Last night, in an interview with CBS’s “60 Minutes,” Former Federal Reserve Chairman Alan Greenspan said that on his first date with Andrea Mitchell, now his wife, they went back to his place, where he showed her an essay he had written on antitrust. This is probably the essay.
“Anti-Trust: Rule of Unreason” was written while Greenspan was a part of novelist-philosopher Ayn Rand’s “collective.” It appeared in her mid-’60s book Capitalism: The Unknown Ideal.
In the essay, Greenspan makes the case for wholesale repeal of antitrust law. Almost all of the passages are still relevant in light of recent controversies such as the recent Whole Foods-Wild Oats merger. There is an especially powerful passage in the essay that essentially says that we will never know how many innovations have been killed — how many improvements to our lives did not come to pass — by preventing the free collaboration of firms to make better products and services.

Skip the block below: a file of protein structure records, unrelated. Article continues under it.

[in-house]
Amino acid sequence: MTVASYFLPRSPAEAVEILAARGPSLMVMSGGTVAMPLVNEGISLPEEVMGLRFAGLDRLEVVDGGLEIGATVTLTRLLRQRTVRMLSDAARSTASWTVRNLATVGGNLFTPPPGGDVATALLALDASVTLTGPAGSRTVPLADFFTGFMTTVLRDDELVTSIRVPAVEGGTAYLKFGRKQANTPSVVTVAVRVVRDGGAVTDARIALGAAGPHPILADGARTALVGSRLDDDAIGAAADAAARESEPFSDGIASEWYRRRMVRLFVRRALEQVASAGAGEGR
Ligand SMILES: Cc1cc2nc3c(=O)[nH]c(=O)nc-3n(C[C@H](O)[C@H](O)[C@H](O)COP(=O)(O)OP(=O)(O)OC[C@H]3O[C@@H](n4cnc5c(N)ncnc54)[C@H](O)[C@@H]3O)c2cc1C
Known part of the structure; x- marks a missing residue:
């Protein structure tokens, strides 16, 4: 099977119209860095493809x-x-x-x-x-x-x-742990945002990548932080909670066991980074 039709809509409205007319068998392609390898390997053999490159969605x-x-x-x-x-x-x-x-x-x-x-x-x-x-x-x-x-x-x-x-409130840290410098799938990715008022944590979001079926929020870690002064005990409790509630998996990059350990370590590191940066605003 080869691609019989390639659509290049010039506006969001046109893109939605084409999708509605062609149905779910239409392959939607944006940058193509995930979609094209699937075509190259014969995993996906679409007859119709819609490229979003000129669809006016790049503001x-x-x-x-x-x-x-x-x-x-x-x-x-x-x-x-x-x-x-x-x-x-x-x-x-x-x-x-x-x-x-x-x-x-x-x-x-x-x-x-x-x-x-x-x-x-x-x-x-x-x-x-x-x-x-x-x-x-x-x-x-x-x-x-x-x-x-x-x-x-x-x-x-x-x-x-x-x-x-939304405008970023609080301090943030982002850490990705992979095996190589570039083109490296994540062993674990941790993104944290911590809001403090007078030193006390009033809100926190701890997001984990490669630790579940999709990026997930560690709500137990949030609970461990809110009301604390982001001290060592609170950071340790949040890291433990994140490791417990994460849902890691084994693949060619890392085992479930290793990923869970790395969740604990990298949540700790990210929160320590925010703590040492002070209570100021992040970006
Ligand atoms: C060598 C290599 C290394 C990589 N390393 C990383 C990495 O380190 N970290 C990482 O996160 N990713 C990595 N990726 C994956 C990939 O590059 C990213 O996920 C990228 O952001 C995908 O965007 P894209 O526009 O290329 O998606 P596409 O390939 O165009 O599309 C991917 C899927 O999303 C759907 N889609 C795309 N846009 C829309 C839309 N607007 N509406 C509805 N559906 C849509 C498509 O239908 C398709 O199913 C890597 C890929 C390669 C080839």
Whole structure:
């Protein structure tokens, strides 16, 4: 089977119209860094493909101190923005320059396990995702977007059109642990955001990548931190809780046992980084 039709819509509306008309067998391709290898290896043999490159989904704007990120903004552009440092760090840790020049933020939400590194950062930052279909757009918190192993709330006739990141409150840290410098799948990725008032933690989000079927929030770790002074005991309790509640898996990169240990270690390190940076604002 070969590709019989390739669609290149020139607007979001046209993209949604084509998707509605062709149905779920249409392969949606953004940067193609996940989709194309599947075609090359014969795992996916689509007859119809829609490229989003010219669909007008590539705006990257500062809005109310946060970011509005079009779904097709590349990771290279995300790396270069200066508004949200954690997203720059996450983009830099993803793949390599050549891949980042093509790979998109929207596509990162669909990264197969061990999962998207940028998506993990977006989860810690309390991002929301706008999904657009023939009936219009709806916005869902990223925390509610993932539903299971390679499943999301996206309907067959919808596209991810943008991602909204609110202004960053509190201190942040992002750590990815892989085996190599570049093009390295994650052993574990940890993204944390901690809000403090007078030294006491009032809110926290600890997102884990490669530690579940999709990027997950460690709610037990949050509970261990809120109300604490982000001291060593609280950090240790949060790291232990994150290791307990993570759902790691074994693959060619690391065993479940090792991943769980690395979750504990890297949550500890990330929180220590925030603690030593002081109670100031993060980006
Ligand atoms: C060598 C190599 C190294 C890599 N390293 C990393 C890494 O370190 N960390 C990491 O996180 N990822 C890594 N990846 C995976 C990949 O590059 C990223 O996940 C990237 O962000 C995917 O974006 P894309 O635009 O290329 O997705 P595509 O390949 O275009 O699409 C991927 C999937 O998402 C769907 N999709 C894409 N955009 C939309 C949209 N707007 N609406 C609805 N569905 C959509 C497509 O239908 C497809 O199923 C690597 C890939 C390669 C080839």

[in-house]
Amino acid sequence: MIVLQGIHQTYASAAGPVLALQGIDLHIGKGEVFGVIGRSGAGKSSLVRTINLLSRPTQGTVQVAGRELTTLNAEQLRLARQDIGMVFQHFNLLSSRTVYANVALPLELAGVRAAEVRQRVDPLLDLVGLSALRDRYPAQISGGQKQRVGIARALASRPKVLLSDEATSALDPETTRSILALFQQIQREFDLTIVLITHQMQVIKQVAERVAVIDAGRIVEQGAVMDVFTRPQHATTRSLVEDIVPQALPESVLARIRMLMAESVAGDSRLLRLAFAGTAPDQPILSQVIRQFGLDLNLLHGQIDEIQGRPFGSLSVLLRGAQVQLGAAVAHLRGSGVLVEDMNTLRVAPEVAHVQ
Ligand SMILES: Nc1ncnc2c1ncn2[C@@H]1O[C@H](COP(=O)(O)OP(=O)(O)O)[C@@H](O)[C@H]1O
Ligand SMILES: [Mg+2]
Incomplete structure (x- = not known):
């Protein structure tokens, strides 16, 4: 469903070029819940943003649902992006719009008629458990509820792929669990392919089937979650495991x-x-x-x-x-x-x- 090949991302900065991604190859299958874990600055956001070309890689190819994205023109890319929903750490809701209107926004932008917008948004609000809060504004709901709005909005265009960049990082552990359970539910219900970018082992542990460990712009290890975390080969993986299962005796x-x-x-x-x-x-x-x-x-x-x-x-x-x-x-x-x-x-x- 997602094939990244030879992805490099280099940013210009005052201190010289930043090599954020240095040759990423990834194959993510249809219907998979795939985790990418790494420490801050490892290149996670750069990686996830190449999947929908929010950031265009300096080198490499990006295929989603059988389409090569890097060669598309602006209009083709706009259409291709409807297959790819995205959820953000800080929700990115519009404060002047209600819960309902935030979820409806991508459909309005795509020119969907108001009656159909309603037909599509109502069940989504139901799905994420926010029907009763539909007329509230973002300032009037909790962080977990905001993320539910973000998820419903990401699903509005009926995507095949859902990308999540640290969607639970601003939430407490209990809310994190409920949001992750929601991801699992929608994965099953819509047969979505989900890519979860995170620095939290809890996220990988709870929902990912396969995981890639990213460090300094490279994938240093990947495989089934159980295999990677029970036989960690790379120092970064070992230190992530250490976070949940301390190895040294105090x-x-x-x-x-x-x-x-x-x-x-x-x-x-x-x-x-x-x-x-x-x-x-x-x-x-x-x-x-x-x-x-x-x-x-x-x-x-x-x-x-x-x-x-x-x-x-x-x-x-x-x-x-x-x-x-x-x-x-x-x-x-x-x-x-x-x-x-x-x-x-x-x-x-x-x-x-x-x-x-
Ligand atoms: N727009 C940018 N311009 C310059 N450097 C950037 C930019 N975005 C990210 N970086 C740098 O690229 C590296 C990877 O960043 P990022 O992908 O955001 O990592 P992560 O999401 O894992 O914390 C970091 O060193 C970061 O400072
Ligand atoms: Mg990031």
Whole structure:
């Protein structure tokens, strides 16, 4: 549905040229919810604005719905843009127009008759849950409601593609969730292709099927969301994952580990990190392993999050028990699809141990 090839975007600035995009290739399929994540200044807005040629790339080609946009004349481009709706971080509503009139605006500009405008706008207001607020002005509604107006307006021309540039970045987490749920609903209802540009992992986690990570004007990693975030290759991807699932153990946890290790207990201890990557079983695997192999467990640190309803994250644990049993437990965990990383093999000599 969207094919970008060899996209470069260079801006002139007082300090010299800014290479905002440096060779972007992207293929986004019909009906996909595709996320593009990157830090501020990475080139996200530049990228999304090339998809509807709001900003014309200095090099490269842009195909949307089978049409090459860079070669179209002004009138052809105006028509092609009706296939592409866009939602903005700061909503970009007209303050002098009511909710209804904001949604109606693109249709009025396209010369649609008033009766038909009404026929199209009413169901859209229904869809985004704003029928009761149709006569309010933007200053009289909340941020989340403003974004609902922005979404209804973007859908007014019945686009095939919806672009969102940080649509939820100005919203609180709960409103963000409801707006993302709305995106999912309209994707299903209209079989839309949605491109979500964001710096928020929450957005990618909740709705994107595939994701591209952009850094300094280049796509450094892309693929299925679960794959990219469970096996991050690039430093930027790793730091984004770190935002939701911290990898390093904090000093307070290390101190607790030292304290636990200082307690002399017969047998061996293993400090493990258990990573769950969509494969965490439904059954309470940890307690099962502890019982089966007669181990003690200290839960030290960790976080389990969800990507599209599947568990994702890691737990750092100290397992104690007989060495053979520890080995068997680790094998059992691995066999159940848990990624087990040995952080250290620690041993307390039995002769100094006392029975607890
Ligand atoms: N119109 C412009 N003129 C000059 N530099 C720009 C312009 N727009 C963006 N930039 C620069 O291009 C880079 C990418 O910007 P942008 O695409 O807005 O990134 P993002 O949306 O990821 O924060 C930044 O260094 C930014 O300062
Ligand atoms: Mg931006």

Greenspan also makes the distinction between business combinations in the free market and firms that become monopolies because the are given specific government protection. Like some railroads in the late 19th century and the post office today.
In light of troubled firms and the credit crunch, on which much of the “60 Minutes” interview focused, there is another issue involving antitrust. It would be a lot easier for firms to combine to buy troubled companies — saving the companies’ shareholders, employees, and borrowers from the fallout of a devastating bankruptcy — if the firms that pooled assets for the buyout didn’t have to worry about the government coming at them with potential antitrust violations.